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21 Changes in the area of disability

In the last 21 years there have been many changes in the area of disability. I’m sure most of you would argue that we need to see greater change and faster but when I thought back over the changes we’ve seen I was impressed. When things aren’t good it is easy to forget how far we have come in recent years. I look forward to seeing even greater change in the next 21 years. I’m sure there are many I haven’t thought of or some I don’t even know about. I’d love you to share them in comments below or over on Facebook.

1.       Technology

21 changes in the disability sector
BJ with his iPad

Ipads and tablets have been a game-changer for so many people with additional needs. It is amazing to see a mainstream device providing a tool for learning and communication.

There have been many advances including the availability of eye-gaze technology allowing someone to use their eyes to communicate.

2.       Terminology

Thankfully many terms to describe a person living with a disability have been ditched. I still regularly hear “wheelchair-bound” used in the media and hate it. In our time special needs has been replaced by additional needs and there have been campaigns to get rid of the ‘R’ word in society. I still hear people using the word spaz but far less frequently than when I was growing up.

3.       Thoughts on mobility

21 changes in the disability sector
The Whizzbug power chair for little ones

Kids are now encouraged into power chairs so much earlier. It is amazing to see such little ones able to keep up with their peers. It must avoid so much frustration.

4.       Options

21 changes in the disability sector
Options galore

When I go to equipment exhibitions I am overwhelmed by the options on display. There is far more available in the market. Some things are still so niche they are super expensive but it’s so nice to see choice.

5.       Recreation

21 changes in the area of disability
TrailRider for bushwalking

Equipment is no longer just built for function. There are many pieces of equipment aimed at giving wheelchair users and those with mobility restrictions access to recreational pursuits. Beach wheelchairs, TrailRiders and motorised vehicles all contribute to people being able to get out and enjoy life.

6.       Awareness

21 changes in the area of disability
Taking BJ’s wheelchair to the aircraft door

We have found when travelling there is more of an awareness from airline staff as to what we need. We used to feel we were educating check-in staff each time we booked in for a flight about needing to take BJ’s wheelchair to the gate. Now we find they don’t even question it.

7.       Funding

In the time we’ve been in the system funding has changed, with the biggest one yet to be fully rolled out. We are yet to access the NDIS but it is definitely the greatest change people with a disability have ever seen in Australia. The one thing that doesn’t seem to change is the fact that there is never enough funding to go around.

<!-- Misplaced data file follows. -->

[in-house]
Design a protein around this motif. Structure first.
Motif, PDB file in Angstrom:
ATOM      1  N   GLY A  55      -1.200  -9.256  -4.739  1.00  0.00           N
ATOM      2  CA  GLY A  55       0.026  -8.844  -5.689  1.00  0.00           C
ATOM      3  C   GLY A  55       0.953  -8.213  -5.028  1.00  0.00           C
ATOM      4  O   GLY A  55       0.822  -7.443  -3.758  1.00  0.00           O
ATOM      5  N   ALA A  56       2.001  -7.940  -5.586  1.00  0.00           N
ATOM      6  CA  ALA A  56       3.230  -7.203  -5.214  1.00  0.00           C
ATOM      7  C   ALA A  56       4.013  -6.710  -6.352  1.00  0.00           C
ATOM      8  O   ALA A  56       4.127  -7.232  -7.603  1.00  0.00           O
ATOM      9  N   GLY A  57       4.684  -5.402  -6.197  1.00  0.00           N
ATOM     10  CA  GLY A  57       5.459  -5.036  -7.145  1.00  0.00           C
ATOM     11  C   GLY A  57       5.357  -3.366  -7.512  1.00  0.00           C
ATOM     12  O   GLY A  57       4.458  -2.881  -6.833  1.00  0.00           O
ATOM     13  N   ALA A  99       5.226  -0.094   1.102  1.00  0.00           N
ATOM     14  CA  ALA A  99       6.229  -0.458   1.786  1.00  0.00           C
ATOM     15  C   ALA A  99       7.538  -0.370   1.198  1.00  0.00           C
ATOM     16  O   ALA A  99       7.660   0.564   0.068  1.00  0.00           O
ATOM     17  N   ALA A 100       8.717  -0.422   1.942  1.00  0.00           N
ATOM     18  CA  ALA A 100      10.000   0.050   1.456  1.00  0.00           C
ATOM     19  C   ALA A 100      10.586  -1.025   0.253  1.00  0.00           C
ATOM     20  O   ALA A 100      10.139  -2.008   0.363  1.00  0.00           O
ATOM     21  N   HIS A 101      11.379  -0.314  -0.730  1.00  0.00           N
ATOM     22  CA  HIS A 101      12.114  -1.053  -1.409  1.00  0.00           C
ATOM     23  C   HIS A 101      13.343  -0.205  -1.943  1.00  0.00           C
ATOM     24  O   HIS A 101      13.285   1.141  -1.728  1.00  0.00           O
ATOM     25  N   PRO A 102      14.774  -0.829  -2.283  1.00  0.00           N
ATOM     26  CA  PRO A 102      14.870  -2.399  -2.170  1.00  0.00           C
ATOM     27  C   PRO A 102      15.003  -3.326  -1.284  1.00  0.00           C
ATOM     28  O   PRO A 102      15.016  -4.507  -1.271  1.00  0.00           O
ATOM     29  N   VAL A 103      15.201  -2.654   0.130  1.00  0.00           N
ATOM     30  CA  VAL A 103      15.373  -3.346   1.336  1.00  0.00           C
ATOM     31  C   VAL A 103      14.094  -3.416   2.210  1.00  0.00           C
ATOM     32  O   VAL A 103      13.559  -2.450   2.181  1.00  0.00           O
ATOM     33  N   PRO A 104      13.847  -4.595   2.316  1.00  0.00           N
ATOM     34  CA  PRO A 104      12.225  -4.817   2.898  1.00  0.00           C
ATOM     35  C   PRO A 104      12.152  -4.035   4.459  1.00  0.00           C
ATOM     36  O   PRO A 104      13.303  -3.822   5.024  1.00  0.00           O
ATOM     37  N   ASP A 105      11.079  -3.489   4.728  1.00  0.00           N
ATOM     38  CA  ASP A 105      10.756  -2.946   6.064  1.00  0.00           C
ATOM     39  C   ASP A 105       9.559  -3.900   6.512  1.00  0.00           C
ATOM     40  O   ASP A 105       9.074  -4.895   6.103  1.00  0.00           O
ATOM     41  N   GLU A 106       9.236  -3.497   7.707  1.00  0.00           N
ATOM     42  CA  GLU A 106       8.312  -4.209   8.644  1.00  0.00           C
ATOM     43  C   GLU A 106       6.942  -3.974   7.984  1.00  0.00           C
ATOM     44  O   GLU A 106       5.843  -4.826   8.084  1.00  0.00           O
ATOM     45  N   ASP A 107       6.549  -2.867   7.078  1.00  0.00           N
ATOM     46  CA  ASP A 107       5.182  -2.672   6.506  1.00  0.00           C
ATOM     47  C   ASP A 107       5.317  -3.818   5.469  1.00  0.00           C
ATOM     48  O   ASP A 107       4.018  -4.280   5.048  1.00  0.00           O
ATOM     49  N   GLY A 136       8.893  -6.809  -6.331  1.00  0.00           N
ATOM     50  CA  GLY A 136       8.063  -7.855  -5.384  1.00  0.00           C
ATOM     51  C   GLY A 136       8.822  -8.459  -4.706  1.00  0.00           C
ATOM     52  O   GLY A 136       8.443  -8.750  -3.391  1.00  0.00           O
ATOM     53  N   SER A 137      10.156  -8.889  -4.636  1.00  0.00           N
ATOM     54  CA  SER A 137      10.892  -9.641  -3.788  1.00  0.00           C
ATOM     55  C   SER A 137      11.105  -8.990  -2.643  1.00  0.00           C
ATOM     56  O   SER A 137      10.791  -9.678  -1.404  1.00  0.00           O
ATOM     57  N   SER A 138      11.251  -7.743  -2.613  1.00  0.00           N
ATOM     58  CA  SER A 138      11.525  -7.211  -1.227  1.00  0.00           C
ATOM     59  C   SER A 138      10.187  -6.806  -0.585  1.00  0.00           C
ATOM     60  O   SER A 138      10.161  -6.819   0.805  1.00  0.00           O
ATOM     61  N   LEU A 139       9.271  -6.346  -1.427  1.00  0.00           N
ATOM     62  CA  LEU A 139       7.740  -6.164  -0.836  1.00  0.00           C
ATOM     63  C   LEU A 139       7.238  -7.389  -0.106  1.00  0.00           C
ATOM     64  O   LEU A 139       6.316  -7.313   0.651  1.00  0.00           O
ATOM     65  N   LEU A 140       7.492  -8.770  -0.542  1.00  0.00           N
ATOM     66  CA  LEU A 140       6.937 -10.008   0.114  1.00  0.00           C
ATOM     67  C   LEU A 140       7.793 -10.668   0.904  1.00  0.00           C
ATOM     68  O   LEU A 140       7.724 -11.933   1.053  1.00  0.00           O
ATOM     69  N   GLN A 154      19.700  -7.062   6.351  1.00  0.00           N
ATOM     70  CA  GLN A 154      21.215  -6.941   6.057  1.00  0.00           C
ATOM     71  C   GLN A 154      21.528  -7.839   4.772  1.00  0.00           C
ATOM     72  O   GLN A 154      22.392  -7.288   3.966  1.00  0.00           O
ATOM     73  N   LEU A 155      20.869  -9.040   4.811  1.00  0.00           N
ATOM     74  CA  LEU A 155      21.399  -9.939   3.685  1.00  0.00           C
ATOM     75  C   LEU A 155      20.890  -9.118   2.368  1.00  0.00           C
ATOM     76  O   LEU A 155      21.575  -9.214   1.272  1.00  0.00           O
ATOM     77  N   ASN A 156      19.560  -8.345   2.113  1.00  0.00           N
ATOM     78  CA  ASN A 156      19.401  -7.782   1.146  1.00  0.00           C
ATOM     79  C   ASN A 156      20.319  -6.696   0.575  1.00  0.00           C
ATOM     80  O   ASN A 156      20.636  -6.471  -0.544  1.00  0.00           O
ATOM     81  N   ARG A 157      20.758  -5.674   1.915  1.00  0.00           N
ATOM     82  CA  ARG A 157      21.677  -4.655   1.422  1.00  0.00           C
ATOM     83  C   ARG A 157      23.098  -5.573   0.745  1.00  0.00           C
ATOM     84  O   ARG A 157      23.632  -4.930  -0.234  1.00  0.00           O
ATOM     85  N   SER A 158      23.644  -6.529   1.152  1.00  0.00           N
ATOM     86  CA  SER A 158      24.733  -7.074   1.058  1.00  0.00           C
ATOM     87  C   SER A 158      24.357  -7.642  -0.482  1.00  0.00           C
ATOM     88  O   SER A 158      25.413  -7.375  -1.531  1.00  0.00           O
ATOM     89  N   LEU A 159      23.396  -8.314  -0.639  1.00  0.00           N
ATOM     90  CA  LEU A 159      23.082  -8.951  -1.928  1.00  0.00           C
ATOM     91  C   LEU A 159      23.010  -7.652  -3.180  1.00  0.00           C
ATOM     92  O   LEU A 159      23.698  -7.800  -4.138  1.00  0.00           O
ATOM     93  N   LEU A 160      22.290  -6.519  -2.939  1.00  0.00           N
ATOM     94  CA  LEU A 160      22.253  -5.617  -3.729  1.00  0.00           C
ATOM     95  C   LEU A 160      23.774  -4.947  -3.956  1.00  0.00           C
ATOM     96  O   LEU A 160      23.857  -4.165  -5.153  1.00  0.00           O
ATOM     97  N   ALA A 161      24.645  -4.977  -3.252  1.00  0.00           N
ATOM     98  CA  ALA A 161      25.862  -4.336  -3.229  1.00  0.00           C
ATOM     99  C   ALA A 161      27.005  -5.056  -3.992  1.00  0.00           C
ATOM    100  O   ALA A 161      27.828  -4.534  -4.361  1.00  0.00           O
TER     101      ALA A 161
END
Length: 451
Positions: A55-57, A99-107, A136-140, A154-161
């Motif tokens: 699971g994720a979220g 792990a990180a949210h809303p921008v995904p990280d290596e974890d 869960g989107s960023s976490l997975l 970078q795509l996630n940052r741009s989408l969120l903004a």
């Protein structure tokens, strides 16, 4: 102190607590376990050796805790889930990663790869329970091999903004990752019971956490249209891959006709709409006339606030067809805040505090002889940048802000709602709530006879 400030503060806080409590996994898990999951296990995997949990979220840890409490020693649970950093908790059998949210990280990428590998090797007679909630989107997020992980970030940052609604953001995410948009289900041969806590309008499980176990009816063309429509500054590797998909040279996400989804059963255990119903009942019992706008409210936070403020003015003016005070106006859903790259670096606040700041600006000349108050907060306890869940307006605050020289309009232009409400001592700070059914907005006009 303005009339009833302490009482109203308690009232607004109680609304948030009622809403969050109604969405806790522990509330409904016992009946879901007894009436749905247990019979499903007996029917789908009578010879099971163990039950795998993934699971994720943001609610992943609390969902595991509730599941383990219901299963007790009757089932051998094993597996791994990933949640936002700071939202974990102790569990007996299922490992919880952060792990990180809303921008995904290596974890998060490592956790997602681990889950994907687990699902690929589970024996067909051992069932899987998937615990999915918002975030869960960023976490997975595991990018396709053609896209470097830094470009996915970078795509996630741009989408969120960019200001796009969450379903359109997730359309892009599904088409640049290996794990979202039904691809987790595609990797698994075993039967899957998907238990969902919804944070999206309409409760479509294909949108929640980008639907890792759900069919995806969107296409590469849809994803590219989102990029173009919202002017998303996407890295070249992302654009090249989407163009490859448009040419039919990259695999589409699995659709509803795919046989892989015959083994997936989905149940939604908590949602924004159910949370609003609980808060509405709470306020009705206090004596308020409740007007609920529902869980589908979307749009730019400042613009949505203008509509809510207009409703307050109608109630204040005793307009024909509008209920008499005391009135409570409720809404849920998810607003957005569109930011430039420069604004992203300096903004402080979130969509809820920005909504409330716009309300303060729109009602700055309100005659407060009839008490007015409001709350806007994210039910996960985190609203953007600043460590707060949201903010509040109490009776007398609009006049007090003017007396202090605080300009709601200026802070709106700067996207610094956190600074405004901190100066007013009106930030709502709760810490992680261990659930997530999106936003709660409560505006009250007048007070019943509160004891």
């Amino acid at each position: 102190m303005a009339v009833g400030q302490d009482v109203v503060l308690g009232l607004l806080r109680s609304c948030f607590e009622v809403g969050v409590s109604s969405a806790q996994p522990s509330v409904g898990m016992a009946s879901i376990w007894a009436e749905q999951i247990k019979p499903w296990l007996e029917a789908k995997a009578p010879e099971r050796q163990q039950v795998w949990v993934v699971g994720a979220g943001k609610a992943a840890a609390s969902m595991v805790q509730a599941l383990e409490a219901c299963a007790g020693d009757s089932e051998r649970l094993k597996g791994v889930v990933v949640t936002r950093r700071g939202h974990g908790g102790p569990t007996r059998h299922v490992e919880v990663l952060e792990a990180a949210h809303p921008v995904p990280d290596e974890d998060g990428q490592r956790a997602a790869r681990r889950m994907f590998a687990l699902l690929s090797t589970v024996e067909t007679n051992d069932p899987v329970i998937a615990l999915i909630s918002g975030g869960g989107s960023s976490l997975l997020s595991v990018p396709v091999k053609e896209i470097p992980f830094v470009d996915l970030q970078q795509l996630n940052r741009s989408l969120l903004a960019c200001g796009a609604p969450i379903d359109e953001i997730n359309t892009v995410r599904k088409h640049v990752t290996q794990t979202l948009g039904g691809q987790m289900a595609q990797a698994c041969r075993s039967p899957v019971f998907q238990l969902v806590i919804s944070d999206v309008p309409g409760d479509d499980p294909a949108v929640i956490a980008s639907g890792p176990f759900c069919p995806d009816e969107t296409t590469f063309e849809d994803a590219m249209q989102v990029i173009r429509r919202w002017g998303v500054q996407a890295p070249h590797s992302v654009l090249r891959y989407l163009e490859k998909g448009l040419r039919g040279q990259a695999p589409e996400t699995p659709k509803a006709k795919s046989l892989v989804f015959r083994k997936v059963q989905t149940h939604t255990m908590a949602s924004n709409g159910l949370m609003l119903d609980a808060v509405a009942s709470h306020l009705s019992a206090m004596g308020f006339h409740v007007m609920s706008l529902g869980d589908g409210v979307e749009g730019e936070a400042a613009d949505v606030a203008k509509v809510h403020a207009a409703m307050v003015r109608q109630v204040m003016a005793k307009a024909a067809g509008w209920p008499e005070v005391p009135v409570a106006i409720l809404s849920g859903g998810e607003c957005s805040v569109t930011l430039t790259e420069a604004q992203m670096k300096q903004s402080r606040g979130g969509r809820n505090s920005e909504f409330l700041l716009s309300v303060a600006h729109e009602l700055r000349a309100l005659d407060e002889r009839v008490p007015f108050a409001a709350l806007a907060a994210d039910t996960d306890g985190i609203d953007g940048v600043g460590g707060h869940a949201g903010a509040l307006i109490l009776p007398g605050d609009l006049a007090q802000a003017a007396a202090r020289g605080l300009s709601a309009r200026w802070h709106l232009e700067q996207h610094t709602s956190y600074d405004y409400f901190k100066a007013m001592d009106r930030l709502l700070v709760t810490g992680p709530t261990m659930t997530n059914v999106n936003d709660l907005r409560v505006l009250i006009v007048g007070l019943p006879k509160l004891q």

8.       Look of equipment

21 changes in the disability
One of our FB friend’s wheelchair – art from Mogo Wheelchairs

Equipment is no longer basic, fancy paintwork, optional extras like patterned wheel guards, all make it easier for people to reflect a bit of their personality through their choices.

9.       The Liberty Swing

21 changes in the area of disability
Liberty Swing fun

I remember seeing the man who invented the wheelchair swing on an inventor’s program. He explained he had been at a park and seen a little girl in her wheelchair watching the other children play. He thought it was sad she couldn’t join in and went about designing a wheelchair accessible swing. He made numerous prototypes before the end result was the Liberty Swing. I realise that the Liberty Swing isn’t popular with everyone because some say it isn’t inclusive. I argue that for children who cannot get out of a wheelchair it is sometimes the only piece of equipment they can play on at a playground. I also don’t think anything replaces the exhilaration of swinging.

10.       Accessible and inclusive playgrounds

21 changes in the area of disability
Accessible playground fun at Livvi’s Place Ryde

How wonderful it has been to see the accessible and inclusive playgrounds pop up around the world. Playing side-by-side with other children is something no child should be denied. Not being able to play at the park also has a knock-on effect for siblings and parents when it comes to meeting friends and family at the park.

11.       Larger toilets on A380

21 changes to the area of disability
Toilet on Qantas A380

Flying and wheelchair accessible toilets are still a major issue. We were pleased to see there has been some progress with larger toilets on the A380 aircraft but I acknowledge we have a long way to go in this regard. You can read more about this here.

12.       Looking to parents for feedback

We’ve noticed a change in therapists and doctors who now seem to look to parents for input and guidance at times. It won’t surprise those that know me and those who have been following along for a while to know that I like having a say in things!

13.       Sign language on news and at shows

When there is a disaster or emergency I love that on news programmes there is someone relaying the news in sign language. I’ve also been to several live shows where there is someone signing for the comedian.

14.       Public transport

21 changes in the area of disability
Assistance on transport

When BJ was little the public buses weren’t wheelchair accessible and the majority of rail stations were only had stairs. We also find staff are helpful and aware of passengers using a wheelchair.